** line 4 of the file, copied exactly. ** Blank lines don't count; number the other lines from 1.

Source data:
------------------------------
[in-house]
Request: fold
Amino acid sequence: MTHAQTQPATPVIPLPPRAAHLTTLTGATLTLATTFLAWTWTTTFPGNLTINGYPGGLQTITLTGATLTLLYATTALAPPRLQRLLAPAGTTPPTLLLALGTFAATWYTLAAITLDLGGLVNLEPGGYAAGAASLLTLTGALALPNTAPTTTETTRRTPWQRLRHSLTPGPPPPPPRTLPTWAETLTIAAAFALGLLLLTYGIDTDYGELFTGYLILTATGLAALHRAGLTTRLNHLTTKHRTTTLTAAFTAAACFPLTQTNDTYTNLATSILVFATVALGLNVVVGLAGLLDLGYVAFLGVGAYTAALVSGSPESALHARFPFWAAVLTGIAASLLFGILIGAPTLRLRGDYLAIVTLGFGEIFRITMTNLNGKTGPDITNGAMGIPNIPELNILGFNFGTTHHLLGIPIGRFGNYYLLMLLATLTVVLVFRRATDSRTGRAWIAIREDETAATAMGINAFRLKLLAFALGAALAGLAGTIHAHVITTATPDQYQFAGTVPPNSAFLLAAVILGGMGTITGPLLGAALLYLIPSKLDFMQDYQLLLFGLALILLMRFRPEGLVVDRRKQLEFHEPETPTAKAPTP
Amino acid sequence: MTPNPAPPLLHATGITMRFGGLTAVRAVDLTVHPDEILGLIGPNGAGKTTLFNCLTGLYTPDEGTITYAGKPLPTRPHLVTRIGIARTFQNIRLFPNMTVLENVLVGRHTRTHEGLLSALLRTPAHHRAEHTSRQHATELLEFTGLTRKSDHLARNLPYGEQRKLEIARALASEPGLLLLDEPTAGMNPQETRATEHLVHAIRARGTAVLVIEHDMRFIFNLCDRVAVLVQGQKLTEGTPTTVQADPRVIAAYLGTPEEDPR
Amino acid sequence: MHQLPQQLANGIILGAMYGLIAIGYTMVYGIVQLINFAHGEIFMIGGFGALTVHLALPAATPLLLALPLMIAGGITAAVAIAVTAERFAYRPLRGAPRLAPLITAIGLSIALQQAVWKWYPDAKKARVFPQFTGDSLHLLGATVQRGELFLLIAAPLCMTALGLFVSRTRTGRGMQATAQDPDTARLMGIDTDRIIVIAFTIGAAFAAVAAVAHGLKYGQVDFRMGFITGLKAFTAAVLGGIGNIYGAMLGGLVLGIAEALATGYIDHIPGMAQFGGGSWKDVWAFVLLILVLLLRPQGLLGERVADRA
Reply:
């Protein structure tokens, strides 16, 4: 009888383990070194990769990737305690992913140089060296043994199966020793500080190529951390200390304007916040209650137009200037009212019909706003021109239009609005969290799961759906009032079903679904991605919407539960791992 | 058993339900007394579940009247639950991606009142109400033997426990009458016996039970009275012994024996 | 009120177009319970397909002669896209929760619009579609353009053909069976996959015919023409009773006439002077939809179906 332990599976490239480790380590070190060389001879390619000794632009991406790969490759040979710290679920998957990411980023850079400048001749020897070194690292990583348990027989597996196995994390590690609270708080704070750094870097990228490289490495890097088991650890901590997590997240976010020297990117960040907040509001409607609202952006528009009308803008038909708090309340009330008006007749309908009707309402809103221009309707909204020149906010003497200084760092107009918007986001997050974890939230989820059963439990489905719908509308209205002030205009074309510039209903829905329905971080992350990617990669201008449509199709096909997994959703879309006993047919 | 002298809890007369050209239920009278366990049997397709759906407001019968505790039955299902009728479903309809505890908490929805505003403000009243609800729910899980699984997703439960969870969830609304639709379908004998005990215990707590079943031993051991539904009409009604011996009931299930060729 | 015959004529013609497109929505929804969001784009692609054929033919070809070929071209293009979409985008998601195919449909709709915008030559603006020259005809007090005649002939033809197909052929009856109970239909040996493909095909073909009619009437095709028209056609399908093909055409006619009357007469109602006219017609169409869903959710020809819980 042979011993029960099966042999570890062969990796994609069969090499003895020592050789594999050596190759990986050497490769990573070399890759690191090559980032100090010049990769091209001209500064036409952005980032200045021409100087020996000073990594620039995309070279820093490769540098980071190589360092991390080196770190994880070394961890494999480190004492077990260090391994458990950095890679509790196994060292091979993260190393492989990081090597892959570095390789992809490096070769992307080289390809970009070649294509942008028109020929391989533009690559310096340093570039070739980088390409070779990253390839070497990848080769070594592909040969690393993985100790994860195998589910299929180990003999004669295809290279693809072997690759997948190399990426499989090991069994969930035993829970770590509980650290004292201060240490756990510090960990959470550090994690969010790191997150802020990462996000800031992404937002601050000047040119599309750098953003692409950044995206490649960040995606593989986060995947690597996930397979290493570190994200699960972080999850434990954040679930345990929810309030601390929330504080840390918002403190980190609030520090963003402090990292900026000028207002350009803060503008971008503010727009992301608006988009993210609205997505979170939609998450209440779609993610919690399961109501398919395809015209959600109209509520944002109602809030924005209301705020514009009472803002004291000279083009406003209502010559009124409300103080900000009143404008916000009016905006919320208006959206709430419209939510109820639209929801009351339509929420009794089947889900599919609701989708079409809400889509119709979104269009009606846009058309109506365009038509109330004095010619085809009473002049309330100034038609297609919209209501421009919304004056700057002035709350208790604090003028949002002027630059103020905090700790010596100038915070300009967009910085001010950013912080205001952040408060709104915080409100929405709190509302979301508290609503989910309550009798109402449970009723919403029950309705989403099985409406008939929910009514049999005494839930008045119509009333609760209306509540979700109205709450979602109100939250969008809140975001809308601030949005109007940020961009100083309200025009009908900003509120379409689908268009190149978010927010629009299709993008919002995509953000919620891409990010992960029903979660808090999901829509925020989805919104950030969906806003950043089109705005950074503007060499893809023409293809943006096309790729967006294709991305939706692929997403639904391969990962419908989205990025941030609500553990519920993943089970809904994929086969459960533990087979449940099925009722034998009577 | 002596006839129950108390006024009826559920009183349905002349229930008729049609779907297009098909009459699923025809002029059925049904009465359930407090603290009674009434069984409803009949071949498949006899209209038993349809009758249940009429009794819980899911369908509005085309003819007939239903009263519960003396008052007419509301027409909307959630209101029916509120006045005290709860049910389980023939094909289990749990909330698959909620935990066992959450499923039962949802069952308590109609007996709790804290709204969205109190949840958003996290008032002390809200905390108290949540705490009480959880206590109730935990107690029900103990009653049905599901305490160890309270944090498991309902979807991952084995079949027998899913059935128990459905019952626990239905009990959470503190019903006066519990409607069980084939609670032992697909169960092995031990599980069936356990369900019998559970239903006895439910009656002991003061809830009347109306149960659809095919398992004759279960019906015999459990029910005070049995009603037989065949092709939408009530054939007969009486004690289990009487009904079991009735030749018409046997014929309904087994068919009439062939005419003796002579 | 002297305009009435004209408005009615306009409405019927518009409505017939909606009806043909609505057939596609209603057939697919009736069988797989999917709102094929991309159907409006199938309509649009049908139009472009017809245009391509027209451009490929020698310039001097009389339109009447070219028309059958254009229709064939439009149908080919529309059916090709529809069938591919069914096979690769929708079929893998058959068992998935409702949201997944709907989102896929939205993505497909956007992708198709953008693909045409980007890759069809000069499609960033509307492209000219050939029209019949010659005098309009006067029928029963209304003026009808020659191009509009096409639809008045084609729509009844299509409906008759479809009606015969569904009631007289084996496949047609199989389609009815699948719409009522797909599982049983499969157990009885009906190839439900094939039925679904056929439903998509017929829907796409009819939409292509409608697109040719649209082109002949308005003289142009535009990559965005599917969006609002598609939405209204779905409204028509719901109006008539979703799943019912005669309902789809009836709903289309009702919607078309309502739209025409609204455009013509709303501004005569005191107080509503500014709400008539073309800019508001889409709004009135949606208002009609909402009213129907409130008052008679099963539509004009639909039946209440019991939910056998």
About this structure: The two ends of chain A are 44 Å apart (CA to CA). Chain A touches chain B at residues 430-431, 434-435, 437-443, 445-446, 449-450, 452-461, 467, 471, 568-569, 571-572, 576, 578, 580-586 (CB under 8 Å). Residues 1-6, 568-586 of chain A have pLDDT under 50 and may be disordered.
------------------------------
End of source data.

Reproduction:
Amino acid sequence: MTPNPAPPLLHATGITMRFGGLTAVRAVDLTVHPDEILGLIGPNGAGKTTLFNCLTGLYTPDEGTITYAGKPLPTRPHLVTRIGIARTFQNIRLFPNMTVLENVLVGRHTRTHEGLLSALLRTPAHHRAEHTSRQHATELLEFTGLTRKSDHLARNLPYGEQRKLEIARALASEPGLLLLDEPTAGMNPQETRATEHLVHAIRARGTAVLVIEHDMRFIFNLCDRVAVLVQGQKLTEGTPTTVQADPRVIAAYLGTPEEDPR